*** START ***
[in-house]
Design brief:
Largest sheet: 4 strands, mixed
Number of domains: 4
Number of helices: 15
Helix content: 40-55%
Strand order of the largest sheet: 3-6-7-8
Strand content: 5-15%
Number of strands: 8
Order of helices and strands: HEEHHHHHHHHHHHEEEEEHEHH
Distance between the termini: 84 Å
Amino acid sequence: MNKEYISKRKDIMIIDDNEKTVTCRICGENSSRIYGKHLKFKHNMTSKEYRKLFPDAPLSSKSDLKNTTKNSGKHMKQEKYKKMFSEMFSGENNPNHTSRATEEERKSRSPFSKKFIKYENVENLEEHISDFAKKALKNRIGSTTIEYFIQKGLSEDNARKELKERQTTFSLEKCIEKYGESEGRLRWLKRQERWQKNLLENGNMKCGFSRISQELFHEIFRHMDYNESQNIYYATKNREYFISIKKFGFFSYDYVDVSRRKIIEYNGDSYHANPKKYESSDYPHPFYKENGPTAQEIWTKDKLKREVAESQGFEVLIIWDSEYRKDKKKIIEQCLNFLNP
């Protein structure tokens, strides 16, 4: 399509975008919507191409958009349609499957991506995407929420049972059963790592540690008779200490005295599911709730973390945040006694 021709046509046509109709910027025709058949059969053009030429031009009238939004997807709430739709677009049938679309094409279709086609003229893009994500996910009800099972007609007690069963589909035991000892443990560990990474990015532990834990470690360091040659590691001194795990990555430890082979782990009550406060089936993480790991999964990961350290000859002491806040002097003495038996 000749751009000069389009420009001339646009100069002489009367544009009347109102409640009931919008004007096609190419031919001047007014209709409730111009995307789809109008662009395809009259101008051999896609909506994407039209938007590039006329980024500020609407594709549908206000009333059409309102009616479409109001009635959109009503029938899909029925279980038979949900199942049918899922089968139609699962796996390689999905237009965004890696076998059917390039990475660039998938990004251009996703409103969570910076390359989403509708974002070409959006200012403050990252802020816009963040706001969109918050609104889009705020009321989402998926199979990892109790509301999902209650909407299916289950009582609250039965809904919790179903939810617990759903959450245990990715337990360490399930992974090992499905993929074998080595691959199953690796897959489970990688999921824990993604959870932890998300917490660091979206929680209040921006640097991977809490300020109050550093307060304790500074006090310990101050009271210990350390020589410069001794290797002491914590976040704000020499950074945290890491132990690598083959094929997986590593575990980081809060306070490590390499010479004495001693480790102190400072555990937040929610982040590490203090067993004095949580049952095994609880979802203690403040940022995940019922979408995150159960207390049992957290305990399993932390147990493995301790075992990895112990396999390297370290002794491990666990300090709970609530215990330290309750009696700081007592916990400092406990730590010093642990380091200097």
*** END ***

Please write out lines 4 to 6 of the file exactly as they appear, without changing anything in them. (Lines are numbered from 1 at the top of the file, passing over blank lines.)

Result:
Number of domains: 4
Number of helices: 15
Helix content: 40-55%